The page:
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Climate Hustle

New research suggests global warming is accelerating

Posted on 5 June 2015 by John Abraham

As humans emit more greenhouse gases like carbon dioxide into the atmosphere, the Earth continues to warm. When I use the term “warm”, I mean there is an increase in thermal energy (heat) contained in the oceans and atmosphere of this planet.

We can measure warming by measuring temperatures; however, obtaining an accurate reading of the Earth’s temperature is complicated. Temperatures change with seasons, with locations, and there are natural long term variations that move heat around. So, we don’t expect temperatures just to continue increasing at all locations and at all times. We do expect the long term trend to be upwards, however, and that is what we’ve observed.

But if you follow the conversation about global warming, and particularly if you listen to cable news or online bloggers, you might have heard that there has been a hiatus or a halt to global warming. I’ve written before on this site that there is no halt, there never has been one. However there has been a vigorous debate about whether the increase in lower atmosphere temperatures has slowed down. 

A new paper, “Possible artifacts of data biases in the recent global surface warming hiatus” just published today in Science deals with this issue. In particular, the lead researcher Dr. Thomas Karl and his colleagues investigate the quality of the near-surface temperature records and ask whether they really show a slowdown.

Dr. Thomas R. Karl. Dr. Thomas R. Karl. Photograph: Eric Bridiers/U.S. Missions.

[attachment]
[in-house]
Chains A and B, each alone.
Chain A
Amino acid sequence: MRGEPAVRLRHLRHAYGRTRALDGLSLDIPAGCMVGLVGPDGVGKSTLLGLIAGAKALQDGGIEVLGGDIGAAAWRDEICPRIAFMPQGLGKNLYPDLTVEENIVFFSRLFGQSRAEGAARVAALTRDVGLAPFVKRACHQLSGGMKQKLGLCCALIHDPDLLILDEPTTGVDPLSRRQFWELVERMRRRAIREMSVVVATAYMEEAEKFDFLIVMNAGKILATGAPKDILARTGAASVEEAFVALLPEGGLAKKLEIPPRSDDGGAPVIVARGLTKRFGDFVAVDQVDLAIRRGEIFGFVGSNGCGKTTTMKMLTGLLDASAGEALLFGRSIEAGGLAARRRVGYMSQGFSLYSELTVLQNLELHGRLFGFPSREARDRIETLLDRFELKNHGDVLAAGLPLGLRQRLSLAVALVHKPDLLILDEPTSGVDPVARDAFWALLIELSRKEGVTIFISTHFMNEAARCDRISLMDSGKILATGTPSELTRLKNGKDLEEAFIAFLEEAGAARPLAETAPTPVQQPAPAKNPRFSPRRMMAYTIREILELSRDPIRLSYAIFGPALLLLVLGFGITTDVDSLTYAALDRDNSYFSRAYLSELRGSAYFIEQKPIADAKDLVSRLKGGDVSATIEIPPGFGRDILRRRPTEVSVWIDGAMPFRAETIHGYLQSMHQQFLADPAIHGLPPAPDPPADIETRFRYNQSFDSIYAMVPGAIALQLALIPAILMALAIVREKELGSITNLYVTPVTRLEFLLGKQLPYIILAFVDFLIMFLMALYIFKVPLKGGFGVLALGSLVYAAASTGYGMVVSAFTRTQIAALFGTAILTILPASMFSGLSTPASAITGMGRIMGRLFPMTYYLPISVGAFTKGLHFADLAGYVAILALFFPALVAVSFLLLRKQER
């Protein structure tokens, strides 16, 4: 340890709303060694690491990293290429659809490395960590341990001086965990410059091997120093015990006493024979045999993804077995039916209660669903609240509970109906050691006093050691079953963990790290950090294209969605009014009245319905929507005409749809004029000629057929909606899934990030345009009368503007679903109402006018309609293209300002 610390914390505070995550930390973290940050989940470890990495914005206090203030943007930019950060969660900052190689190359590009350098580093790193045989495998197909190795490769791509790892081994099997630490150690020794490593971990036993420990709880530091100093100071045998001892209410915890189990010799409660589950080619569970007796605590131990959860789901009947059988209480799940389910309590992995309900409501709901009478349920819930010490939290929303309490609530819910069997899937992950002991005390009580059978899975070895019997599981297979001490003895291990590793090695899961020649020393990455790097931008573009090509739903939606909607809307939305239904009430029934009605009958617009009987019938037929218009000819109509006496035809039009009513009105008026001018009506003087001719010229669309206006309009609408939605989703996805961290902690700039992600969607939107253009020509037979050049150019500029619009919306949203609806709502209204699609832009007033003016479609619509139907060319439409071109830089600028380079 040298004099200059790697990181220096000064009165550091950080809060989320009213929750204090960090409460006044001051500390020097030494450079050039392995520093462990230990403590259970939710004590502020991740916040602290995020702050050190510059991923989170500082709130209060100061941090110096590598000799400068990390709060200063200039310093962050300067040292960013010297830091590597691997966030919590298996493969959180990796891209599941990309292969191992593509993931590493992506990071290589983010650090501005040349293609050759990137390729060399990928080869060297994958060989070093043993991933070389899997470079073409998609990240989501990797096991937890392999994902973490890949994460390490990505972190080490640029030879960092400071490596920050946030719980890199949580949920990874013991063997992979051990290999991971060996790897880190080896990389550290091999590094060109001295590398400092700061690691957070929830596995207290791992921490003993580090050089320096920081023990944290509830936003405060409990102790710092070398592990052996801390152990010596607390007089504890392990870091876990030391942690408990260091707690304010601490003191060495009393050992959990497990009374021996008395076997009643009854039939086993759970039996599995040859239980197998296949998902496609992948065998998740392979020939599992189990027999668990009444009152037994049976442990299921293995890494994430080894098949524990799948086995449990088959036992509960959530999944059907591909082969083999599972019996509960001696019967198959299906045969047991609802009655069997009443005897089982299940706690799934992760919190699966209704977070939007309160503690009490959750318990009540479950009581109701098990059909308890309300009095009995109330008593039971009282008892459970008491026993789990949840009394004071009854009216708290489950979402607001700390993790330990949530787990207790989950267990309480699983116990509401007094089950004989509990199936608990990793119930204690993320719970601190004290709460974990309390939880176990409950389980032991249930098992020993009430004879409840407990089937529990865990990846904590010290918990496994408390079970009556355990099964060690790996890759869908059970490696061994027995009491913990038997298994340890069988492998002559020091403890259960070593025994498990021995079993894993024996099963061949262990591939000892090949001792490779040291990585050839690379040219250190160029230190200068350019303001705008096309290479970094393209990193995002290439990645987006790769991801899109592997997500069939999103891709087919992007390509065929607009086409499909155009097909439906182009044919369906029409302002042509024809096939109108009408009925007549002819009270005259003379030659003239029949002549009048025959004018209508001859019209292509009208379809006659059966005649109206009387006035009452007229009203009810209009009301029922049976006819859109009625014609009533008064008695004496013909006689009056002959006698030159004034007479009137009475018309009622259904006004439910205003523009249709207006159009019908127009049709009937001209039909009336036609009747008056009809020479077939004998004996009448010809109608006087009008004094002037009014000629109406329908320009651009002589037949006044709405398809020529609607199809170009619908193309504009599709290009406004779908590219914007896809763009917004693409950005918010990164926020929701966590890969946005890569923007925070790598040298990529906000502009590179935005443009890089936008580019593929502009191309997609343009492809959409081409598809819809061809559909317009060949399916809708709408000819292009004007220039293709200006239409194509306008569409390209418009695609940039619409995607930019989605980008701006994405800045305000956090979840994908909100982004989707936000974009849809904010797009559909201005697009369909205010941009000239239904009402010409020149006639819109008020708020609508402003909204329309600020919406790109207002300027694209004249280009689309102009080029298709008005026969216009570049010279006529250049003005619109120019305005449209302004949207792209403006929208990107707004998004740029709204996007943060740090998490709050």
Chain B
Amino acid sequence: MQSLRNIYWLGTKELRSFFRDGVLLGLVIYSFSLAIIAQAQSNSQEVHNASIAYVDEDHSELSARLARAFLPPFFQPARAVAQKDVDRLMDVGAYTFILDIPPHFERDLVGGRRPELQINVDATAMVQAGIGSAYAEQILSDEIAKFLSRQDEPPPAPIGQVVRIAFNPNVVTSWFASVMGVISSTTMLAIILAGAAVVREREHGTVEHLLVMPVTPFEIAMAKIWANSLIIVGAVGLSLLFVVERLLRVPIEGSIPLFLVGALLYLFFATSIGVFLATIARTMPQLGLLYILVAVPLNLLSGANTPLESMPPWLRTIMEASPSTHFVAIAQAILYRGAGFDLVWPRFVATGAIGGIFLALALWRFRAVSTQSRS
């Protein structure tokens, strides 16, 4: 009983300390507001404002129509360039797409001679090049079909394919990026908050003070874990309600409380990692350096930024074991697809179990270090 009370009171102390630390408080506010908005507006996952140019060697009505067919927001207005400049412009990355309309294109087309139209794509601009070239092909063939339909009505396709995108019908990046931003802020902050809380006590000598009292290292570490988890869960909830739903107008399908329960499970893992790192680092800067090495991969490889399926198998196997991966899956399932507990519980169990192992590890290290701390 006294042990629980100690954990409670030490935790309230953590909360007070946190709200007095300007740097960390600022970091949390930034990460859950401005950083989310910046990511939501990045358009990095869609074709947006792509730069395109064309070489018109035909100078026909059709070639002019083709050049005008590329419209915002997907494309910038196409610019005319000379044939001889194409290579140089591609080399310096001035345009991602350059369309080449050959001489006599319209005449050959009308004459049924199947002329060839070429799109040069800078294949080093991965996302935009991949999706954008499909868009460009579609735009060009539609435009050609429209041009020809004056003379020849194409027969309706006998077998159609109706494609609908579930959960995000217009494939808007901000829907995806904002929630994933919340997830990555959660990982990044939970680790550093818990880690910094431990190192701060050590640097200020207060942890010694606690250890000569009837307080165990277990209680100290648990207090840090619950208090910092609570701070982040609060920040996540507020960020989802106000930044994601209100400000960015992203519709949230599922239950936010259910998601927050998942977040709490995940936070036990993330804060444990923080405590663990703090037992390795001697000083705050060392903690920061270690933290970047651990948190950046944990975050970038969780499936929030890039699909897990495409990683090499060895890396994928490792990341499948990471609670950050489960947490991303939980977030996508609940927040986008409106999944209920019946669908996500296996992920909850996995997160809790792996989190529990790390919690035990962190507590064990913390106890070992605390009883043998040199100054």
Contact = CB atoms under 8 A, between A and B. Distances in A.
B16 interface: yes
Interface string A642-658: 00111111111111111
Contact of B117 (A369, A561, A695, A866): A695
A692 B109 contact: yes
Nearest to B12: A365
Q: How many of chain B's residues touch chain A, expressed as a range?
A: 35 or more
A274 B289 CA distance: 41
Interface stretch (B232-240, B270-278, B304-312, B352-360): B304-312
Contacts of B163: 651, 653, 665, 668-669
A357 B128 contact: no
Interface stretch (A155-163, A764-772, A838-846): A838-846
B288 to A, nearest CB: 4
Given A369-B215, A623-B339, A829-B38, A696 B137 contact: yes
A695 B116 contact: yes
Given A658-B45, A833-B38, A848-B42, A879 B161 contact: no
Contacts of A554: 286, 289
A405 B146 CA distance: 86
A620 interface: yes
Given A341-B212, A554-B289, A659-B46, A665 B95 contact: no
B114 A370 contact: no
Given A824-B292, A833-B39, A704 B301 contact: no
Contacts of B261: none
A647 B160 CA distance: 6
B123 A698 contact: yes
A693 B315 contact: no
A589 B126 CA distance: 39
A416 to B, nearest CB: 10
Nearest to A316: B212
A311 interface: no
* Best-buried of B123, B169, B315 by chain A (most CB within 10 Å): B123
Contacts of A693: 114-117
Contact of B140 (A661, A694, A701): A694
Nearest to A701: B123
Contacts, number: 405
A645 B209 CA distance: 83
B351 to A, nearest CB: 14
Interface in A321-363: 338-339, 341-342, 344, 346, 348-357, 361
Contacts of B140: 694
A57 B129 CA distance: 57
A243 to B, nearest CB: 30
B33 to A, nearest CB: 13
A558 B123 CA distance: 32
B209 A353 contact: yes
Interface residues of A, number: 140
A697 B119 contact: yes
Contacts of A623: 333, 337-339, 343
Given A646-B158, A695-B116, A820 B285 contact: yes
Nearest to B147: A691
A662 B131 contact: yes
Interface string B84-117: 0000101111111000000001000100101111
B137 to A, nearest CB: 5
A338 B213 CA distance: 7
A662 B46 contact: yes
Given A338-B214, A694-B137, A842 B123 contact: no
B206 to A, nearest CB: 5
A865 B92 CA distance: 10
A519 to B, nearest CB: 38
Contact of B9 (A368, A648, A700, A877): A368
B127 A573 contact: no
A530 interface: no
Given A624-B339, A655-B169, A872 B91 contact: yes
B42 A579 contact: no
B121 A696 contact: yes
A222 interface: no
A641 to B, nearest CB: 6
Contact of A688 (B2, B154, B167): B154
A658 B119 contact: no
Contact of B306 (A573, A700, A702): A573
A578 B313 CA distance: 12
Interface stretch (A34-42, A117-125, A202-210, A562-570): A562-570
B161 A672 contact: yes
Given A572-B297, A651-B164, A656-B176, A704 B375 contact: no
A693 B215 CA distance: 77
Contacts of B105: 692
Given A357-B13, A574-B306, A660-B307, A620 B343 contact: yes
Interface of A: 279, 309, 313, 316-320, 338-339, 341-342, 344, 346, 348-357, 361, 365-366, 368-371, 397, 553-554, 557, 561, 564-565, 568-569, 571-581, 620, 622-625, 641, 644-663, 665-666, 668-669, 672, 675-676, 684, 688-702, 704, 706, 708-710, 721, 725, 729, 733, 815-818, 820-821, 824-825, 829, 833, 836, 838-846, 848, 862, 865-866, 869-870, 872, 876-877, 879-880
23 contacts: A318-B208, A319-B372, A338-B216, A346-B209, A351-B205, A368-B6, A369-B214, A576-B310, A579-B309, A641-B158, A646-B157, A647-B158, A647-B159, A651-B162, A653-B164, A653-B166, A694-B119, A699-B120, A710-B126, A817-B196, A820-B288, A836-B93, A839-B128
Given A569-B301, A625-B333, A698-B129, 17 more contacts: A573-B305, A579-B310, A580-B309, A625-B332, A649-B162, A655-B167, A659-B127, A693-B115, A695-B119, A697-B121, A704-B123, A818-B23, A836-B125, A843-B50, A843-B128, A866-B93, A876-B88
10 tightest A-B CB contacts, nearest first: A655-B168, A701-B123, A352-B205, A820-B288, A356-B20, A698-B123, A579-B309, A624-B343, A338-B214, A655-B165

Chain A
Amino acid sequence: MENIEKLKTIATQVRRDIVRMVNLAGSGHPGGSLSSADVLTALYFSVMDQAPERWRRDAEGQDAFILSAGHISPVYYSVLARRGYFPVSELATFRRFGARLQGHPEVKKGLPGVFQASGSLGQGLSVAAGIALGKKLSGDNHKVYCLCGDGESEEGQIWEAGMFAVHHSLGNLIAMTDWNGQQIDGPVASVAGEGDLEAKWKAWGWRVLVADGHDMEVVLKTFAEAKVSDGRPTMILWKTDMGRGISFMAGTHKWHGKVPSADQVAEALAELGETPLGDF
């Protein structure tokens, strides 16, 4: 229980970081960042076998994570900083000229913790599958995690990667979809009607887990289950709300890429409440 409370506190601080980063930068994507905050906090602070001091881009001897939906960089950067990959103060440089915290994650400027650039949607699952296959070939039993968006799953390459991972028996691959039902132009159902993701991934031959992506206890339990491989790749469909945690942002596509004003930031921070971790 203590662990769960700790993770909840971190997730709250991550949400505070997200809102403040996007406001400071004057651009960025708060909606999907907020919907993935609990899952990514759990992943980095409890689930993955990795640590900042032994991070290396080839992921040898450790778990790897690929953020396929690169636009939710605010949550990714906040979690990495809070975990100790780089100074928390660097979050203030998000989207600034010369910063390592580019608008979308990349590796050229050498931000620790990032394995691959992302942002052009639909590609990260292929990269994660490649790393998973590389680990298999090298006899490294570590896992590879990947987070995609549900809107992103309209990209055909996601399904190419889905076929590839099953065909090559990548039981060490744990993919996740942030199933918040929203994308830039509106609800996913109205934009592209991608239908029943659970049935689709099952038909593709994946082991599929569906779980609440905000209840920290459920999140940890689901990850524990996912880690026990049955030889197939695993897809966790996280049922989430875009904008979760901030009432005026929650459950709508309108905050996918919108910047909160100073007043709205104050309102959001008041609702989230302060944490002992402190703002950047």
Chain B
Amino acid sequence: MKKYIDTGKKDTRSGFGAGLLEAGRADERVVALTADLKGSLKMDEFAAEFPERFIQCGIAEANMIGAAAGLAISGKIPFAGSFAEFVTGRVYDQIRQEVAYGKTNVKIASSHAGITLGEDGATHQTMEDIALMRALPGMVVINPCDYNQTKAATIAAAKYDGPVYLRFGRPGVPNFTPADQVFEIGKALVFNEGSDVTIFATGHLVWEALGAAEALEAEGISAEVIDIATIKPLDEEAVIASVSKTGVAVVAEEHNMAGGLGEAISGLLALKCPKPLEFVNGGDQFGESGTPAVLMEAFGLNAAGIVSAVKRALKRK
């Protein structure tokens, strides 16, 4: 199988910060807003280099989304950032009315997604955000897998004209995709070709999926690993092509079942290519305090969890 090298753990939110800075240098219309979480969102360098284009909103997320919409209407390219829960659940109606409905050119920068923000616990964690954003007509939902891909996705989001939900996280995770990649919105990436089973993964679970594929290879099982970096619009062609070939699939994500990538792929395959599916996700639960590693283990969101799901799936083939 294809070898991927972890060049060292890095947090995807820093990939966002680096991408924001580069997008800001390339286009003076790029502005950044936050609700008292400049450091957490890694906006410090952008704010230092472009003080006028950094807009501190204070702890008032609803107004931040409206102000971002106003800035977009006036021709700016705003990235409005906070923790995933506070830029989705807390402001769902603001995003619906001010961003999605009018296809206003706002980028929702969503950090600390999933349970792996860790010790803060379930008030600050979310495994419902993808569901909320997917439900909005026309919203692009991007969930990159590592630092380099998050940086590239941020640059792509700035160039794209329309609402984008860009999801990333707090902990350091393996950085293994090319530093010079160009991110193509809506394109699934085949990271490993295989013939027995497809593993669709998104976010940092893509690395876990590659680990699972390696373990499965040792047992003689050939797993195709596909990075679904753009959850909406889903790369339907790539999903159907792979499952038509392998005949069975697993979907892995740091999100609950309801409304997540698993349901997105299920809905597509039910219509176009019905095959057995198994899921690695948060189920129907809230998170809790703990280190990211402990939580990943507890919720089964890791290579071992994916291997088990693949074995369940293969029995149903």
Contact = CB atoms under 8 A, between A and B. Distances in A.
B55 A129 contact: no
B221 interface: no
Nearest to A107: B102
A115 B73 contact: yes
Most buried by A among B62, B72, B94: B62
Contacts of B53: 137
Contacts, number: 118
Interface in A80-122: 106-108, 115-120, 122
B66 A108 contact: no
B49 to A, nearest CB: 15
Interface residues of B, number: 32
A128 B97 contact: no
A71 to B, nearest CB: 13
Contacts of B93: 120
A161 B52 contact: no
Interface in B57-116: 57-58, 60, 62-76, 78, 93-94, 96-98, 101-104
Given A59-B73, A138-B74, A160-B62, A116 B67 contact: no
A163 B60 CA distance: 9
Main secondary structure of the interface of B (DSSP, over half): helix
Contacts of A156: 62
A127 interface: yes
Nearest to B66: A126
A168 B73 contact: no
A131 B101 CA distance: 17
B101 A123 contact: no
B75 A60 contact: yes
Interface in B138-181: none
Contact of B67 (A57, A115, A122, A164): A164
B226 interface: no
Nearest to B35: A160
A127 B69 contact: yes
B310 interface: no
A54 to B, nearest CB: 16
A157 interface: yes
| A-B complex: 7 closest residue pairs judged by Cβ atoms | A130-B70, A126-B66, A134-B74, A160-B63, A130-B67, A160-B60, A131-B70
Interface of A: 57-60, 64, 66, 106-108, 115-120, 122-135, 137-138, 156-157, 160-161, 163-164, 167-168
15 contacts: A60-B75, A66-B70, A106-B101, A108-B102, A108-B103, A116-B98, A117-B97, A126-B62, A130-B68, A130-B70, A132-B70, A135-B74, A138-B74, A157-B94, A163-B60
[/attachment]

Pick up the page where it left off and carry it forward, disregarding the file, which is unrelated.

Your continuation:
The scientists make a number of improvements upon existing information. First, they focus on ocean surface temperature measurements from floating buoys and from ship-board sensors. We know that temperatures measured by ship sensors are often warmer than temperatures measured by buoys, in part because of the heat generated by the ship engine. A more thorough accounting of this effect has been implemented in the Extended Reconstructed Sea Surface Temperature data set version 4. This accounting is utilized in the paper.

Second, there has been a historical change in how ships measure surface temperatures. Decades ago, temperatures were mainly measured by insulated buckets. Around the time of World War 2, there was a change from insulated buckets to temperature sensors contained within ship hulls. The ship hull sensors recorded warmer water temperatures compared to the bucket method. A more thorough handling of the changes from buckets to ship hull sensors was also included in the new paper.

Finally, the new study used more recent estimates of the land temperatures. The new estimates combine multiple temperature databases into a single integrated whole. 

The end result is that the temperature trends over the past 17 or so years has continued to increase with no halt. In fact, it has increased at approximately the same rate as it had for the prior five decades. But the authors went further by trying to cherry-pick the start and end dates. For instance, they stacked the cards against themselves by purposefully picking a very hot year to start the analysis and a cool year to terminate the study (1998 and 2012, respectively). Even this cherry-picked duration showed a warming trend. Furthermore, the warming trend was significant.

I asked lead author Dr. Karl for his comments on the significance of the paper and he told me,

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Comments

Comments 1 to 21:

  1. I sincerely hope that SKS will dig deeper into this new paper because it has been getting  hammered in the (denial) blogosphere for the last couple of days. We need some serious pushback against that onslaught!

    Jen.

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  2. Well, as I understand it  the Karl et al paper incorporates some very small adjustments to past and current temperature, which are primarily based upon recent work identifying errors in cross-calibrating sea temperatures from different sampling techniques.